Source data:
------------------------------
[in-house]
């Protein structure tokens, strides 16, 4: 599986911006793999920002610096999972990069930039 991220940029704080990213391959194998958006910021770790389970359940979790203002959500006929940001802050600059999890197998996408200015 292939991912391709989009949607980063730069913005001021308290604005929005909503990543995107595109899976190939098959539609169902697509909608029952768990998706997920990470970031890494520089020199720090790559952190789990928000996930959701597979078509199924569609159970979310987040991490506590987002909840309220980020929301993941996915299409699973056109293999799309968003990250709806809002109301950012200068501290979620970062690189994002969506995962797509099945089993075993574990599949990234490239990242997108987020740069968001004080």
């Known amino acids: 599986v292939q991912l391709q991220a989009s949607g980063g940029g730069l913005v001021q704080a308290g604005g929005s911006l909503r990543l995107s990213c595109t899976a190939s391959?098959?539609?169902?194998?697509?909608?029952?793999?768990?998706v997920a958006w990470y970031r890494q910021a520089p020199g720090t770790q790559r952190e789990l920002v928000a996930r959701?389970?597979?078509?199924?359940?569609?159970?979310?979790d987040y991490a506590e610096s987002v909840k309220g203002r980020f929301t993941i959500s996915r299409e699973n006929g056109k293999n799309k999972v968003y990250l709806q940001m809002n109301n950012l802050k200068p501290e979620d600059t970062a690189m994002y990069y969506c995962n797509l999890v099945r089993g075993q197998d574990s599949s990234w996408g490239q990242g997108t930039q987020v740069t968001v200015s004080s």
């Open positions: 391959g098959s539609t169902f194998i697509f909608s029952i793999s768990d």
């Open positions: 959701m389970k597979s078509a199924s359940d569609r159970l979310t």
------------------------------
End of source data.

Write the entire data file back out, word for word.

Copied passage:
[in-house]
């Protein structure tokens, strides 16, 4: 599986911006793999920002610096999972990069930039 991220940029704080990213391959194998958006910021770790389970359940979790203002959500006929940001802050600059999890197998996408200015 292939991912391709989009949607980063730069913005001021308290604005929005909503990543995107595109899976190939098959539609169902697509909608029952768990998706997920990470970031890494520089020199720090790559952190789990928000996930959701597979078509199924569609159970979310987040991490506590987002909840309220980020929301993941996915299409699973056109293999799309968003990250709806809002109301950012200068501290979620970062690189994002969506995962797509099945089993075993574990599949990234490239990242997108987020740069968001004080």
């Known amino acids: 599986v292939q991912l391709q991220a989009s949607g980063g940029g730069l913005v001021q704080a308290g604005g929005s911006l909503r990543l995107s990213c595109t899976a190939s391959?098959?539609?169902?194998?697509?909608?029952?793999?768990?998706v997920a958006w990470y970031r890494q910021a520089p020199g720090t770790q790559r952190e789990l920002v928000a996930r959701?389970?597979?078509?199924?359940?569609?159970?979310?979790d987040y991490a506590e610096s987002v909840k309220g203002r980020f929301t993941i959500s996915r299409e699973n006929g056109k293999n799309k999972v968003y990250l709806q940001m809002n109301n950012l802050k200068p501290e979620d600059t970062a690189m994002y990069y969506c995962n797509l999890v099945r089993g075993q197998d574990s599949s990234w996408g490239q990242g997108t930039q987020v740069t968001v200015s004080s």
């Open positions: 391959g098959s539609t169902f194998i697509f909608s029952i793999s768990d």
């Open positions: 959701m389970k597979s078509a199924s359940d569609r159970l979310t």